Kerala cops hone English language skills
Kochi: To keep pace with changing times, cops in a police station in Kerala are taking spoken English lessons to enhance their language skills and communicate better with people.
At least 100 constables and police personnel in the 25-55 age group of 'Janamaitri' (People friendly) police station at nearby Aluva are taking the lessons since last month, Aluva Rural Superintendent of Police T Vikram told reporters.
"Learning English also helps them access the Internet. All police stations have been given computers with Internet facilities. It helps personnel access mails. The IT revolution
in the police department has changed case filing and communication procedures. They are also separately taking computers classes to be computer savvy," he said.
Aluva region has a vast migrant population from different states. So learning English helps them hear and understand the problems better while trying to help the people, Vikram said.
English classes are held on Fridays for an hour.Normally on these days, policemen go for parade.Since the rainy season has begun, this period is being wisely used by them, says Ramesh Kumar, Circle Inspector, Aluva police station.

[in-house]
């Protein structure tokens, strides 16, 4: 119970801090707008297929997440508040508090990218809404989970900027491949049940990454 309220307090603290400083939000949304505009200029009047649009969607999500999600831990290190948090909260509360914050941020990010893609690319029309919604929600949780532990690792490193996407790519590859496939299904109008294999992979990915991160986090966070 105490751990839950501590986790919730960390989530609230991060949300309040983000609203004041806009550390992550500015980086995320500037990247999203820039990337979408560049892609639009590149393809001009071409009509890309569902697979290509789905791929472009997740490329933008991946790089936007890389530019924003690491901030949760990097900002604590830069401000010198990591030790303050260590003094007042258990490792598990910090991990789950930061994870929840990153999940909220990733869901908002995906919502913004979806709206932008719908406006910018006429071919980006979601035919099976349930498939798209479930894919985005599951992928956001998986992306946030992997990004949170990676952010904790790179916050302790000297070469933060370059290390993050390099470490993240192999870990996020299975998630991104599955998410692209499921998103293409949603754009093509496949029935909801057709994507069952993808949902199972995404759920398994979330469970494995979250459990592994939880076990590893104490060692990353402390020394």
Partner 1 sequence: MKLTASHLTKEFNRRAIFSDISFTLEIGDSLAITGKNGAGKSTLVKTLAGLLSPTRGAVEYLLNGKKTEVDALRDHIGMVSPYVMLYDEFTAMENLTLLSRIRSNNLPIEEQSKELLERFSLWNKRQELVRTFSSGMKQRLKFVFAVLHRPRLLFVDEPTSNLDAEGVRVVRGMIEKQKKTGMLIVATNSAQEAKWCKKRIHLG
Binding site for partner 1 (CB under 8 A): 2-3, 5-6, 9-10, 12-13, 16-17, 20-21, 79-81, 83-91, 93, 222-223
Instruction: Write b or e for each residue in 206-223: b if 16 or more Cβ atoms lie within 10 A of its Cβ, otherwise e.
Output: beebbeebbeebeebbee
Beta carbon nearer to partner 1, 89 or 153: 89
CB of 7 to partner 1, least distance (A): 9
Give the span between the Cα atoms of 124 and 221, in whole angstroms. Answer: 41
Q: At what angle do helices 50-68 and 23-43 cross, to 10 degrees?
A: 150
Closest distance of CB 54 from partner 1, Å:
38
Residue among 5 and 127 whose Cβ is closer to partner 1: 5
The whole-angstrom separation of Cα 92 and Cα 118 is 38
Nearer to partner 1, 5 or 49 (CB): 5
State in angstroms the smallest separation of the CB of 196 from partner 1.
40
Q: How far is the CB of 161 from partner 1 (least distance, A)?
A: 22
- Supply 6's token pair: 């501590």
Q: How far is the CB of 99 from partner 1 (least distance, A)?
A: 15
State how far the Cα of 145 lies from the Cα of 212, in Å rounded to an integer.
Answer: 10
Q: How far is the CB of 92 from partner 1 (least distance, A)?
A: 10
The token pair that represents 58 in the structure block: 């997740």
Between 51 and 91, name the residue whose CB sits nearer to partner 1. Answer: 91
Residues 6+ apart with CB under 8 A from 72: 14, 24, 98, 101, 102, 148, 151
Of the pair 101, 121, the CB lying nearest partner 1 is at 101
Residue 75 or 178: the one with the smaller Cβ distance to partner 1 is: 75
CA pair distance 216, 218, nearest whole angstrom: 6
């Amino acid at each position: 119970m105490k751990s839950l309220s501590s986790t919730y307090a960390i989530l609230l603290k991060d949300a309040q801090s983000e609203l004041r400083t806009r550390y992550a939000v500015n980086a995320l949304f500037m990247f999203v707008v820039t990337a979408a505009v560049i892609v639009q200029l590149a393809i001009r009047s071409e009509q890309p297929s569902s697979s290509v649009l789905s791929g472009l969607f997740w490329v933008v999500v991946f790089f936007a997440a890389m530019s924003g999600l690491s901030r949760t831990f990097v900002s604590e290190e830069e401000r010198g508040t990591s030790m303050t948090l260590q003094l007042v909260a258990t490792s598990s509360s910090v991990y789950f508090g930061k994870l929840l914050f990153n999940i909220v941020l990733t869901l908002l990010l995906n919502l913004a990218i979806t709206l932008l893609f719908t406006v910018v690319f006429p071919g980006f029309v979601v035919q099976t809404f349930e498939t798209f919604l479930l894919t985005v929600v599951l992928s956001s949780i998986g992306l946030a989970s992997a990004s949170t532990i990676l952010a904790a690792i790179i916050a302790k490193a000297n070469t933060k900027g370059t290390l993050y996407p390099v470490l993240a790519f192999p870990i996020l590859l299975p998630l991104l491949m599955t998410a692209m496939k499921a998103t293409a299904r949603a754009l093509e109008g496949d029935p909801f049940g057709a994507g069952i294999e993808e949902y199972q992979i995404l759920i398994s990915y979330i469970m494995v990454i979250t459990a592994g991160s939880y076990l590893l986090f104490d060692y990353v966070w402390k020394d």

Philips Sam, Director of 'Super English' institute, who takes classes along with other teachers, said the students are divided into batches.
"Initially many did not like it. But now all of them are interested and want the classes to be extended," says Sam, who has taught students in Ethiopia, Abu Dhabi, Mauritius,
Describing his policemen students as "disciplined" and "cooperative," he expressed confidence that most of them would be able to communicate better after the classes.
Circle Inspector Ramesh Kumar said group discussions and translations were also held as part of the classes.
The policemen were asked to translate some popular Malayalam film songs into English in the last class and they were all very excited, he said.
At least five to eight teachers take classes for the policemen in batches. They are taught how to create dialogues, frame appropriate questions, besides improve their translation
ability, Sam said, adding that grammar classes are also taken.
Vikram said, "We plan to have the classes for at least six months".
Learning English has helped the policemen communicate better, he said.
"We want to increase their skill base. The policemen themselves wanted to learn English," he said.
If the scheme succeeds, this could be extended to other police stations in Aluva, he said.